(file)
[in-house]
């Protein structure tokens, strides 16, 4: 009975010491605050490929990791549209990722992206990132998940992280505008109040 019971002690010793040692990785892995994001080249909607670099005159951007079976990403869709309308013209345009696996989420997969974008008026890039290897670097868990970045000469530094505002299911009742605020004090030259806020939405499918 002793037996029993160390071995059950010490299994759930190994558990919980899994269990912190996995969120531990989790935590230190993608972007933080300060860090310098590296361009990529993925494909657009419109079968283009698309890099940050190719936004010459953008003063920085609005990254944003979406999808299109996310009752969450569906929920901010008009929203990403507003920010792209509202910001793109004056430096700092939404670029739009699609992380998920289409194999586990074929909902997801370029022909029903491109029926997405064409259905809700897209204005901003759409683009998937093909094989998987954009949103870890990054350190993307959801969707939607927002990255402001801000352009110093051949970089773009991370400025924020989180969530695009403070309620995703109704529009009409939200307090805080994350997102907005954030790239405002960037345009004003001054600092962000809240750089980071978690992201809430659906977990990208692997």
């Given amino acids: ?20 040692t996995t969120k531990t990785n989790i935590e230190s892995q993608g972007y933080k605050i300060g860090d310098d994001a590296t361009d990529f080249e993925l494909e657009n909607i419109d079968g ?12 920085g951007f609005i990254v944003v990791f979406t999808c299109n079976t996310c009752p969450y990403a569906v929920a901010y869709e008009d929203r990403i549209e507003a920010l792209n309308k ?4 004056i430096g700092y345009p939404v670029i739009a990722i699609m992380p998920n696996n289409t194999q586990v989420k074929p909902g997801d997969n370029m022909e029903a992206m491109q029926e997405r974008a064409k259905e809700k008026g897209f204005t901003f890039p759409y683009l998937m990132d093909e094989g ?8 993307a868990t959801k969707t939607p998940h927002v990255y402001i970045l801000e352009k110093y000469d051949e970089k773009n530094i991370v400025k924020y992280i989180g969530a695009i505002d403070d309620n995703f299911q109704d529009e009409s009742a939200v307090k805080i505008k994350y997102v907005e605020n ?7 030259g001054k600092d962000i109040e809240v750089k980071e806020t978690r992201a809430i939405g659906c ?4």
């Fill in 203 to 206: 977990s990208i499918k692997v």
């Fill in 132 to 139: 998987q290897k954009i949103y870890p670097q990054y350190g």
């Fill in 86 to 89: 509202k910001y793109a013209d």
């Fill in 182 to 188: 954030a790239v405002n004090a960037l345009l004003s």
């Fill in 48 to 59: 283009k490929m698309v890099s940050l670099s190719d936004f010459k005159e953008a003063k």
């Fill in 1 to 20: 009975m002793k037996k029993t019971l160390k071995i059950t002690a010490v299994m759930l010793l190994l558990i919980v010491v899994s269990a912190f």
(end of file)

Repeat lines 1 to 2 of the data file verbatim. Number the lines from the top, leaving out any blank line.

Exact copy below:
[in-house]
């Protein structure tokens, strides 16, 4: 009975010491605050490929990791549209990722992206990132998940992280505008109040 019971002690010793040692990785892995994001080249909607670099005159951007079976990403869709309308013209345009696996989420997969974008008026890039290897670097868990970045000469530094505002299911009742605020004090030259806020939405499918 002793037996029993160390071995059950010490299994759930190994558990919980899994269990912190996995969120531990989790935590230190993608972007933080300060860090310098590296361009990529993925494909657009419109079968283009698309890099940050190719936004010459953008003063920085609005990254944003979406999808299109996310009752969450569906929920901010008009929203990403507003920010792209509202910001793109004056430096700092939404670029739009699609992380998920289409194999586990074929909902997801370029022909029903491109029926997405064409259905809700897209204005901003759409683009998937093909094989998987954009949103870890990054350190993307959801969707939607927002990255402001801000352009110093051949970089773009991370400025924020989180969530695009403070309620995703109704529009009409939200307090805080994350997102907005954030790239405002960037345009004003001054600092962000809240750089980071978690992201809430659906977990990208692997």